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Woman wins $180K settlement against Minnesota hospital she said denied her a job because she's deaf

The hospital reached a consent decree, meaning that it would agree to the payout, but made no admission of wrongdoing in the discrimination case.
Entrance of North Memorial Health Hospital in Minnesota.
North Memorial Health in Robbinsdale, Minn.Anthony Gilbert / Gaffer Photography

A Minnesota hospital agreed to pay $180,000 to a woman who said the hospital refused to hire her because she is deaf.

Kaylah Vogt filed a federal lawsuit last year against North Memorial Health in Robbinsdale, saying she was discriminated against after the hospital learned about her disability.

Vogt said that in July 2020 she applied for a role as a greeter at North Memorial Health. The job required welcoming visitors, providing directions, ensuring the mask requirement was being followed and reading from a script to check for Covid symptoms, according to the suit.

The suit also says greeters had access to a poster that displayed images associated with Covid symptoms that could be used in communicating with hospital visitors.

Vogt interviewed with a recruiter, as well as a manager at a recruiting firm North Memorial Health uses to fill temporary positions. According to the lawsuit, her interview with the manager was conducted through a video relay service with an American Sign Language interpreter.

The suit says Vogt informed the recruiting company that she was deaf. It says she can communicate verbally and with sign language and that she uses hearing aids that help her hear people speak "without any difficulty." It says Vogt could perform the duties of a greeter.

The manager told Vogt that North Memorial Health would have to be contacted about her disability, the suit says. Shortly afterward, the hospital told the recruiting manager that it would not be able to move forward with her application, according to the lawsuit. The manager relayed the news to Vogt, it says.

North Memorial Health repeatedly denied the allegations in court documents filed in response to the lawsuit, saying it "did not engage in any alleged unlawful employment practices, it did not discriminate against Kaylah Vogt, it did not fail to accommodate Vogt."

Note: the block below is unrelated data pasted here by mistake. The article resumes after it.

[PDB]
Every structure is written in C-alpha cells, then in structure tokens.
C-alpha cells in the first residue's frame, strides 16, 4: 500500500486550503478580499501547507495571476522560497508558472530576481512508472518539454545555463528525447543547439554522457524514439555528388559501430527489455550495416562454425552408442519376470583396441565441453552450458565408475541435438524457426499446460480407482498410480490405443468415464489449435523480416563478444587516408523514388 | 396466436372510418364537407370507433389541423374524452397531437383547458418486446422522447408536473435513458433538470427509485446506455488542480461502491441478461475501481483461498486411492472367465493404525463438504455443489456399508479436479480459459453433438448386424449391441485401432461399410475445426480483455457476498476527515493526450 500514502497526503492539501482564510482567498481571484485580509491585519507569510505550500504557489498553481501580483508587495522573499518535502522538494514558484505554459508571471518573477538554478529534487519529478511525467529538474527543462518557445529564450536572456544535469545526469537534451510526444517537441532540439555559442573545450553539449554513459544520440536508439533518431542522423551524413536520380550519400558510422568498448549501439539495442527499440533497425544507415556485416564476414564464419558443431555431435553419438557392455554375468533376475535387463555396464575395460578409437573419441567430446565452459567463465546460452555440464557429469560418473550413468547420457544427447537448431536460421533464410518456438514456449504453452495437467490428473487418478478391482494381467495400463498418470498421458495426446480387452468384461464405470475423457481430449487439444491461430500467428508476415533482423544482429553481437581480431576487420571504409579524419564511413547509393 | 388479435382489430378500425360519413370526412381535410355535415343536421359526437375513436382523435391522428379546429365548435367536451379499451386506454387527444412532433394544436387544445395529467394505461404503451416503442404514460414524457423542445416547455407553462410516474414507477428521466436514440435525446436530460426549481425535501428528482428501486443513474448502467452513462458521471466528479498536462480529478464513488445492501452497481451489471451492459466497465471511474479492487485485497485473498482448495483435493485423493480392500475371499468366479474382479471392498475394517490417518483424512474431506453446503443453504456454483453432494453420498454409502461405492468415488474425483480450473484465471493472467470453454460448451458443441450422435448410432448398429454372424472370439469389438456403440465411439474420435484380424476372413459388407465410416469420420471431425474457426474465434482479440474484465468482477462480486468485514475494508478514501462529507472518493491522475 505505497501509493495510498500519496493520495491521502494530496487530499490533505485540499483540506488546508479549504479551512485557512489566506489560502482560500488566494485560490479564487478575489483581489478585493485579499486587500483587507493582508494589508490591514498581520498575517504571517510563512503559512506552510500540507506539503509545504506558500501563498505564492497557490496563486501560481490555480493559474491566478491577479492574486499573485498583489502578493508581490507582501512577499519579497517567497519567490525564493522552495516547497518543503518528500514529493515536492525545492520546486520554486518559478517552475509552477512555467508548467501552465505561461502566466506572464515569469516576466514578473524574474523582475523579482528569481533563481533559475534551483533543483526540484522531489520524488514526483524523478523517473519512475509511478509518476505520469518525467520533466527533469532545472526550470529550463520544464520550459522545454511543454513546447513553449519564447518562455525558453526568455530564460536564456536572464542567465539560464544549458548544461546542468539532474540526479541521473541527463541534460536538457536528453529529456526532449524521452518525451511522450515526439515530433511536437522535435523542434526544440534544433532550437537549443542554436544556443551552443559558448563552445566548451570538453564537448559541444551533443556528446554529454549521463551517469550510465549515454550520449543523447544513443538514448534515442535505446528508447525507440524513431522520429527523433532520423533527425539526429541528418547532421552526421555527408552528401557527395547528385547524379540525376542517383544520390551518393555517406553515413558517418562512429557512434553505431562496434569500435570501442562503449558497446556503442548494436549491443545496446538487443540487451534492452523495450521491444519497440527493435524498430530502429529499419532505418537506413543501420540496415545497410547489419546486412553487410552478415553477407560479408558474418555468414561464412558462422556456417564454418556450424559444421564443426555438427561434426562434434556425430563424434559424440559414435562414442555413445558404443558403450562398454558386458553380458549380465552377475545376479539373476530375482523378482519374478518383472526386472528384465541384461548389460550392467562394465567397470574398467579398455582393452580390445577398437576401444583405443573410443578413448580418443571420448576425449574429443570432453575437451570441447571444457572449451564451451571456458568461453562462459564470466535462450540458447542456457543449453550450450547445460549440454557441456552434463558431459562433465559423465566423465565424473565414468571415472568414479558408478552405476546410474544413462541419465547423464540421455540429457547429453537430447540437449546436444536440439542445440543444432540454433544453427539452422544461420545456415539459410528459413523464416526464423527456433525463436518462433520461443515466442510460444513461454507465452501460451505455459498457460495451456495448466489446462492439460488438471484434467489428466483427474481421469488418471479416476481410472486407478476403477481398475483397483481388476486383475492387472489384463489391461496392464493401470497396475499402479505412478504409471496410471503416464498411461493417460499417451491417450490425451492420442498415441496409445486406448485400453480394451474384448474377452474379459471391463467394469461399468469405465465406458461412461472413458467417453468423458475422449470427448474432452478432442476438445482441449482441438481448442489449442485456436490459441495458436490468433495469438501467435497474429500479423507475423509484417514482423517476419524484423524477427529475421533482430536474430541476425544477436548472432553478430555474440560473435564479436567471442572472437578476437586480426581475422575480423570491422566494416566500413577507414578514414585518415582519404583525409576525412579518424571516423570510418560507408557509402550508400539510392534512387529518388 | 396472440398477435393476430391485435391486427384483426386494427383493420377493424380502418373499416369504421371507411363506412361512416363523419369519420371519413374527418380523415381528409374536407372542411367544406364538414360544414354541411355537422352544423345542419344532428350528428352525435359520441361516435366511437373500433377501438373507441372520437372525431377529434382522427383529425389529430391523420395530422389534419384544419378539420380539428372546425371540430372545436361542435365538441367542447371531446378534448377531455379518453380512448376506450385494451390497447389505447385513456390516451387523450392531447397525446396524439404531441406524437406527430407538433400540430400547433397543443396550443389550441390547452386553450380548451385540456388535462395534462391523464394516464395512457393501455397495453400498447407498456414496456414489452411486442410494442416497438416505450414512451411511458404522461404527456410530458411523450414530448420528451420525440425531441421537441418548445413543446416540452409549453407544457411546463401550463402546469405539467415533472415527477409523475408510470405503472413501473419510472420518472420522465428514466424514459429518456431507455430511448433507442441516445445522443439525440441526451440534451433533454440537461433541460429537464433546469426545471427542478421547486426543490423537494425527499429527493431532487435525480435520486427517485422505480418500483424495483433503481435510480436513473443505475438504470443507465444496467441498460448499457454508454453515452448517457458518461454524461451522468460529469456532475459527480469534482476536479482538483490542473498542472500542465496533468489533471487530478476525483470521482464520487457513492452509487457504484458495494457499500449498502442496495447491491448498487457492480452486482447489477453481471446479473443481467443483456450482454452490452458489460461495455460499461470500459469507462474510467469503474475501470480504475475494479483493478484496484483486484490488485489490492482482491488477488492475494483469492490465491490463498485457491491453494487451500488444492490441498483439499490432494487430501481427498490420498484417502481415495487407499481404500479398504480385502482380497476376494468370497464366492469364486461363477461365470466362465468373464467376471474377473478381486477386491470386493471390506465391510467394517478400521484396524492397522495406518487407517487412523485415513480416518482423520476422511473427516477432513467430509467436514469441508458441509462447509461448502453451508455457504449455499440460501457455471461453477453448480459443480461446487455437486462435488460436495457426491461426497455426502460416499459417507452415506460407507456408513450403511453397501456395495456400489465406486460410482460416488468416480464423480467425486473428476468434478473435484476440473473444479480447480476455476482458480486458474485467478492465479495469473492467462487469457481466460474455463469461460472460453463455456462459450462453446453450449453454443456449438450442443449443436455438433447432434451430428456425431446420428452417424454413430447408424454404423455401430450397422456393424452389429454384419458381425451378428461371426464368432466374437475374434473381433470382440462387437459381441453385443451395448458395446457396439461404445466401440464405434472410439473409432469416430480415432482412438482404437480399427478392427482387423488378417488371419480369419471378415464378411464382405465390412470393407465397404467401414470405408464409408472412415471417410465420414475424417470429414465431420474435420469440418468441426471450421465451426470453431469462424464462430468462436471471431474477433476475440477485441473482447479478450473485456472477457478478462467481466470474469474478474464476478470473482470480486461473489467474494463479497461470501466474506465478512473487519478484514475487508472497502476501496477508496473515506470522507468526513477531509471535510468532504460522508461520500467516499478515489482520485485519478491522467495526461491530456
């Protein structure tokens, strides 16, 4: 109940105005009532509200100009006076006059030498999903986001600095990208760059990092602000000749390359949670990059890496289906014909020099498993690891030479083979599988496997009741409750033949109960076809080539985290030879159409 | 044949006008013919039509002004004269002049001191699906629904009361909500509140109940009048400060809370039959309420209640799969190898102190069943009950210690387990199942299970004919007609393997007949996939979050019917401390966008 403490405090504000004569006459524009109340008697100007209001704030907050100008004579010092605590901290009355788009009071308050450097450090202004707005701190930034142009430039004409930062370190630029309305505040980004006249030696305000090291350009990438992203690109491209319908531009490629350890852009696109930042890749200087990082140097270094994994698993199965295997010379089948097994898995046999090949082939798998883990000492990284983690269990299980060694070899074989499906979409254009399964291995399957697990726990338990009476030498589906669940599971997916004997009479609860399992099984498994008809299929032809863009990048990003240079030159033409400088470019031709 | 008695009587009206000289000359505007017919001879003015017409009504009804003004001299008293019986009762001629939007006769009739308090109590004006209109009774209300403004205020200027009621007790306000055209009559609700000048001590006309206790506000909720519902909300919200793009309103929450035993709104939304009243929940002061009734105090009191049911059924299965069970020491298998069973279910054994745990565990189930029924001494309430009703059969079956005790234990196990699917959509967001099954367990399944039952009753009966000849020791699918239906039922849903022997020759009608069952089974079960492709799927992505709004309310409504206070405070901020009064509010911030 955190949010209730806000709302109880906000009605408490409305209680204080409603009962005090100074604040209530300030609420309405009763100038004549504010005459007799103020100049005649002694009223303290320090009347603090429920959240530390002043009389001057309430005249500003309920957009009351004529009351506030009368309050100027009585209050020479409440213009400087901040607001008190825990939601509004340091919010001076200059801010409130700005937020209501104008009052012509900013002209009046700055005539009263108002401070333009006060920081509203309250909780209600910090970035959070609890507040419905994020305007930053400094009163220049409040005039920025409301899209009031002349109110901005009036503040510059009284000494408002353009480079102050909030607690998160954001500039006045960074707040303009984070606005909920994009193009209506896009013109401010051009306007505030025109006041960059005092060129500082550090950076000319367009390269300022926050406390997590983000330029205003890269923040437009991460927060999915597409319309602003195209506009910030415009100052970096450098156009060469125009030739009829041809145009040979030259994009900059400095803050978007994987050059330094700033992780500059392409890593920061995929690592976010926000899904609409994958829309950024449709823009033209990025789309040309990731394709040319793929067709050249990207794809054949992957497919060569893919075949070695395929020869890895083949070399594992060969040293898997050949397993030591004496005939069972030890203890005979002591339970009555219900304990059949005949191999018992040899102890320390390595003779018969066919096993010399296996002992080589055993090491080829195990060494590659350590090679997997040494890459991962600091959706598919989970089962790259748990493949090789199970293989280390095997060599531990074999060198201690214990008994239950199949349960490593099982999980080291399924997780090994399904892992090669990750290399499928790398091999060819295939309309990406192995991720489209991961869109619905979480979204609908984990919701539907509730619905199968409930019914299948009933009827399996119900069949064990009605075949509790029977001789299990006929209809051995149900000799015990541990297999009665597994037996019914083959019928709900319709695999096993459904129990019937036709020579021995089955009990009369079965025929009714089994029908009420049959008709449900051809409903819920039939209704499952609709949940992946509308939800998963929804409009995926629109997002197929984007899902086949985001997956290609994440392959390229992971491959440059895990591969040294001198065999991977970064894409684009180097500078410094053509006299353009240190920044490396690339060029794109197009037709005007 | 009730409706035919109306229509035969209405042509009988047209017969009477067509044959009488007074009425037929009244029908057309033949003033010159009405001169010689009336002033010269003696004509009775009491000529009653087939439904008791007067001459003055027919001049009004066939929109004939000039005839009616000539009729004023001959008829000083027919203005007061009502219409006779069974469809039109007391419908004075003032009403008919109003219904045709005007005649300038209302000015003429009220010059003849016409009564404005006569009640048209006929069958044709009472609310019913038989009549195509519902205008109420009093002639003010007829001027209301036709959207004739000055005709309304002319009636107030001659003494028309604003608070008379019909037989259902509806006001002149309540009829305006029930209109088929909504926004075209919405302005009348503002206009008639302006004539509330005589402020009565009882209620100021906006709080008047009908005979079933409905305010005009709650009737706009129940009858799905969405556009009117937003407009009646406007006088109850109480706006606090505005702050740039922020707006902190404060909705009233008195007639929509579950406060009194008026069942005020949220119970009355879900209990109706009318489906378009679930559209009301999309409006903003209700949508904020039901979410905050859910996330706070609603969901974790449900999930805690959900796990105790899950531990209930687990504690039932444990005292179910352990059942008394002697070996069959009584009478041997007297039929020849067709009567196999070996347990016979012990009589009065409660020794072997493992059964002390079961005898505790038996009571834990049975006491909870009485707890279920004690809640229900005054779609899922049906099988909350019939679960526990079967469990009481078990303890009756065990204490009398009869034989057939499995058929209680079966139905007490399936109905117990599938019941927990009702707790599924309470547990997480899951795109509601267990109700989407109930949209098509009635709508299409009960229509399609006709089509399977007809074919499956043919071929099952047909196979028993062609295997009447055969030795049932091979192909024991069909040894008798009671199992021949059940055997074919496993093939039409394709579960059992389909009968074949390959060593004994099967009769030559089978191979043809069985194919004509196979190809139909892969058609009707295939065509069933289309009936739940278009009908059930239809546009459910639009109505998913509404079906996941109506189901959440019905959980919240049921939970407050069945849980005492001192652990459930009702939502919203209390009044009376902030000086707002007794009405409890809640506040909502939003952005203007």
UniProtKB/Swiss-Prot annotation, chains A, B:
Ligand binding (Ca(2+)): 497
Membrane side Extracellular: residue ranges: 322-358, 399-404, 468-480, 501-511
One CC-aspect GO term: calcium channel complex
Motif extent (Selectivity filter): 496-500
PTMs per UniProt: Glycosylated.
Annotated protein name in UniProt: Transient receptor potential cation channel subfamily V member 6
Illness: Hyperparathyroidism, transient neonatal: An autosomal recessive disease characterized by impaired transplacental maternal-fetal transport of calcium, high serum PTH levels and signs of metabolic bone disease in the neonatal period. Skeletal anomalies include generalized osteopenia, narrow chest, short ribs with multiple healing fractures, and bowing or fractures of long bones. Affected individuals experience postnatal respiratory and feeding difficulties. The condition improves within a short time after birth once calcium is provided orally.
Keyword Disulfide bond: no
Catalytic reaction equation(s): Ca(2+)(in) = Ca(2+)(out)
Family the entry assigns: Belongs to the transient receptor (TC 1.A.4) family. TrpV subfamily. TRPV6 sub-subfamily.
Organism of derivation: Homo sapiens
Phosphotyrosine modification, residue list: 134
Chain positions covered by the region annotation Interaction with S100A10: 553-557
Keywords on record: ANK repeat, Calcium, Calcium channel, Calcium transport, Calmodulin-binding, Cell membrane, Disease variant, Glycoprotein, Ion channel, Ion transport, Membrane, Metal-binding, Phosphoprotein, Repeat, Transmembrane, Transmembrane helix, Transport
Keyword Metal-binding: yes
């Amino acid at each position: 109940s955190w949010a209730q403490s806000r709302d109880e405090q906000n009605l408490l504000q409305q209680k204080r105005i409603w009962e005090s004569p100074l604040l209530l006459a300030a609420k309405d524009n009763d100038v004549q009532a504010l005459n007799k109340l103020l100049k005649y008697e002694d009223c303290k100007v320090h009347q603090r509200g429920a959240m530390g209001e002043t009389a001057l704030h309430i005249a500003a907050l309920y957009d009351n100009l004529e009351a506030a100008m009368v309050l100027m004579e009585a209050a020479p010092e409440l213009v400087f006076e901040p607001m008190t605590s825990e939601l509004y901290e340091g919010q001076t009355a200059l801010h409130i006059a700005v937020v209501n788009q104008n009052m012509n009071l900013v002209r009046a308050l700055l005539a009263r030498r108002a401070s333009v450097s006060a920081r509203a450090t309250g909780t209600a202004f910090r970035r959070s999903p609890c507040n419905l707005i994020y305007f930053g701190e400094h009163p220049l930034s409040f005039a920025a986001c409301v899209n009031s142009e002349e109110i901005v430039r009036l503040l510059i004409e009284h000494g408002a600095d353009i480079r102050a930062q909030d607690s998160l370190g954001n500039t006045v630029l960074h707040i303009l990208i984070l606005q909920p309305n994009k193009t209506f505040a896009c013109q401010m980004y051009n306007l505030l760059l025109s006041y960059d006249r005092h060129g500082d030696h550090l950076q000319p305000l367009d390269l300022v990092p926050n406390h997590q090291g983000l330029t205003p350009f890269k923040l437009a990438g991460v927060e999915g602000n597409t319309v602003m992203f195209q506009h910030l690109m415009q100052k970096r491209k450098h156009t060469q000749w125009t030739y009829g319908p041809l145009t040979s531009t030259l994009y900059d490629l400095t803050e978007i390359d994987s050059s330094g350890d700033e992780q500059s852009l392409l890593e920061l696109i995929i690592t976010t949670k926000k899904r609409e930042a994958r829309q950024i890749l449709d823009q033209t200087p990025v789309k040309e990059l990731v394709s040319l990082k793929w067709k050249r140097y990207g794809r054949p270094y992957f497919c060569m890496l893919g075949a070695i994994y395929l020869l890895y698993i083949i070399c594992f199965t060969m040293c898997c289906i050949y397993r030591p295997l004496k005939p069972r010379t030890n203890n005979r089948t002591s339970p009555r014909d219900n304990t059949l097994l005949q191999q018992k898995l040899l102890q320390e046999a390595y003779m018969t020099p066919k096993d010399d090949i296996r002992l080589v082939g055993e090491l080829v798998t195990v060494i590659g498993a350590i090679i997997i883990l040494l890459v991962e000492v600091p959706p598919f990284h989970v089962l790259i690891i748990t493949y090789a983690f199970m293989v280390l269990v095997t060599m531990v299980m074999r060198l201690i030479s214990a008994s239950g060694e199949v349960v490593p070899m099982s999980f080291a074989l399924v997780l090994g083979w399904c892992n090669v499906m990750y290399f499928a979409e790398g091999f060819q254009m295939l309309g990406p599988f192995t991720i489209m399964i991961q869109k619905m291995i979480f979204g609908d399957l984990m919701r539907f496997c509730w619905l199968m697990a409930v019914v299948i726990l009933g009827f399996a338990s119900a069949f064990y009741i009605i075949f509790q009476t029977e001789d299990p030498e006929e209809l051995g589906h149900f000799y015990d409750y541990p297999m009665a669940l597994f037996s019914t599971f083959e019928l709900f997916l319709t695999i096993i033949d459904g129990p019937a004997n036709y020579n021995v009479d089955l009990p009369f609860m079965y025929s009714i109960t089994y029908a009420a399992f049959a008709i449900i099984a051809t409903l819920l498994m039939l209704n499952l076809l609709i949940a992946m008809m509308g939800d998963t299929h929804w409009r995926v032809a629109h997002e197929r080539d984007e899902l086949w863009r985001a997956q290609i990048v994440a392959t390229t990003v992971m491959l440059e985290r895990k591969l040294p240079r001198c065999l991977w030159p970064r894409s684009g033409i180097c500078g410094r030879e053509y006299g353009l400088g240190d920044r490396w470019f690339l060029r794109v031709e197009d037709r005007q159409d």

In a statement Wednesday, the hospital said it recognizes "that our onboarding processes in place for temporary roles may have been compromised during the height of the Covid-19 pandemic and we understand Ms. Vogt’s disappointment in the decisions that were made at that time."

"North Memorial Health is committed to our inclusive culture and hiring practices and we embrace the unique contributions, abilities and experiences of each team member and all prospective team members," it continued.

The hospital said that it has since reviewed its practices and "will continue to strive to ensure our customers, our current, past and future team members, and our providers feel valued and respected."

In the court documents, the hospital had asked for the lawsuit to be dismissed. But on Jan. 12, it reached a consent decree, meaning it would agree to a $180,000 settlement while making no admission of wrongdoing. In addition, the hospital has to review its workplace policies relating to disability discrimination, make any changes in policies that violate the Americans with Disabilities Act of 1990 and train managers and supervisors about laws prohibiting discrimination.

The Equal Employment Opportunity Commission, which filed the lawsuit on Vogt's behalf, said it was "pleased."

"Unfortunately, some employers continue to discriminate against deaf applicants based on myths, fears and stereotypes about their ability to do the job because of their disability," said Gregory Gochanour, an attorney with the agency.

Vogt spoke about her experience in a 2021 article with the University of Minnesota’s College of Continuing and Professional Studies, where she studied integrated behavioral health. She said she had repeatedly been denied jobs because of her disability.

"This time, I took legal action. ... Ultimately, it affected my career choices and how I navigate the world," she said.